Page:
Jenny: Gossamer Magic

There was a cardinal warbling in a tree. Somewhere beyond her closed eyes, the Guttersnipe was aware of a blur of light, cool air, and a wild freshness that she had not known for almost six months. She tore open her eyes and found the world familiar at last, the same faded paintings on the walls, the same tumble of white linen and wolfskin tangled over her, the same patch of broken sunlight on the far wall beside the door. She sprang up and flung open the lattice over the window and craned out, teetering precariously, to look out into the garden.

She could see the cardinal in the tree, a little red spot of colour against the yellow of the trees. The leaves lay like bars of gold on the dark surface of the pool, blurring in their movements the reflections of the cardinal and poppies.

"O-o-h, lovely morning!" she cried delightedly. She sprang back down onto her bed and off again, catching up her gown and tying the sash. She ran out down the passage, feet pattering loudly in the quiet. There was little time to be had before breakfast, but she had to get a look at the garden before then when the gossamer was still shining on the lawn. She came through the solarium at a whirl and banged open the garden door, plunging out into the beautiful sunshine and mountain air all full of apple-spice and faint horsey-tang. She stood in the middle of the garden with the gossamer making diamond anklets round her feet, pulling in great lung-fulls of the air. She could hear children laughing, and a horse calling, and she remembered the evening in the apple-orchard with Jason, sitting on the bough and talking, and not talking, just being together after being so long apart. And, in a way, discovering that they had both grown up, which was a discovery first awkward and then wonderful. He had given her one last kiss and seen her back to the villa, and they had parted.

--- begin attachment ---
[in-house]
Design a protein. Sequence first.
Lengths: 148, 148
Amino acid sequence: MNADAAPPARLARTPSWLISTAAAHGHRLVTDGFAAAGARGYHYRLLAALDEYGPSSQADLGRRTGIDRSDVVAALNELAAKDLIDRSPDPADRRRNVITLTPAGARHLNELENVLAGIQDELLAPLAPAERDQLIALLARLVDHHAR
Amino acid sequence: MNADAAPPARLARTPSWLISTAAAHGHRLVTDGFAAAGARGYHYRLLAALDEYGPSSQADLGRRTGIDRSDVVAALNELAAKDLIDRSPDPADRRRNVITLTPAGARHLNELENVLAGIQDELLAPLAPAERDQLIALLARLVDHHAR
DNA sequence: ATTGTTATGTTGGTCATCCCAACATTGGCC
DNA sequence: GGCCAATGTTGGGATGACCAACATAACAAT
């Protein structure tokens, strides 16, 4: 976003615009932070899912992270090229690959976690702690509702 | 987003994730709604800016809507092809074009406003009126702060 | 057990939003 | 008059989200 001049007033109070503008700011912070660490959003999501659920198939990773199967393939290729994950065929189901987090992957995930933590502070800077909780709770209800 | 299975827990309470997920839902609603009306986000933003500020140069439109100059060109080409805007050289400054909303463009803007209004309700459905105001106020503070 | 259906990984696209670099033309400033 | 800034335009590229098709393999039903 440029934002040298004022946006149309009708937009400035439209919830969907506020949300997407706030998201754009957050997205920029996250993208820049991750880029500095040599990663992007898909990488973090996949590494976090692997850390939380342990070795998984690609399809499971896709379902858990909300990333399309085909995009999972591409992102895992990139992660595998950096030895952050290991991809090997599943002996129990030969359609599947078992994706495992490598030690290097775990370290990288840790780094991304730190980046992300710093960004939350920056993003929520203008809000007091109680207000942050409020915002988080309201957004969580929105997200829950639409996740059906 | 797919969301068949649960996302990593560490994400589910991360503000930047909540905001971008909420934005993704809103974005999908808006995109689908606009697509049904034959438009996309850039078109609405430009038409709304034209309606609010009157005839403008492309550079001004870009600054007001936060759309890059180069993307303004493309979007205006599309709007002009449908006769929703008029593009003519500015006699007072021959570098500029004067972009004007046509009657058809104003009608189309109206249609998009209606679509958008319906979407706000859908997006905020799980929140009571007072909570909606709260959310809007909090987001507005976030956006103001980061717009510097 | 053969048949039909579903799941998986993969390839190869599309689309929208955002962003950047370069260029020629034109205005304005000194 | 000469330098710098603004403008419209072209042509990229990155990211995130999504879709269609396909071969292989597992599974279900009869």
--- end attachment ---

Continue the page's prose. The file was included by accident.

The cardinal dropped off the cherry-branch and tore by on the wing, a slash of red in the watery dawn, and she followed its flight, catching now the strong scents of breakfast. Satisfied with the sight of the garden, she tread back across the lawn into the solarium, and was started to find Master Lucius at the table surrounded by his books.

"Well! This is a familiar sight," she said. "I didn't see you when I came through."

He did not take his eyes off his book. "Considering the speed at which you came, I would have been surprised if you had."

Her lips twitched. "It is nearly breakfast time," she went on. "Are you going to join us?"

He seemed to wake fully and come alive, sifting through his papers for a single book. "Yes, of course. Just a moment..." He continued to sort until he found his Xenophon, whereupon he rose and, since she darted forward, took her arm to lean on. "My legs feel stronger today," he told her as they made their way along. "I cannot quite put a finger on it, but somehow they seem better."

She did not tell him, she just smiled a little polite smile and helped him in his progress, but to herself she confided that it was the magic of the place that was making him better. A magic which she hoped would also bring Domitia out of her shell and make her human again.

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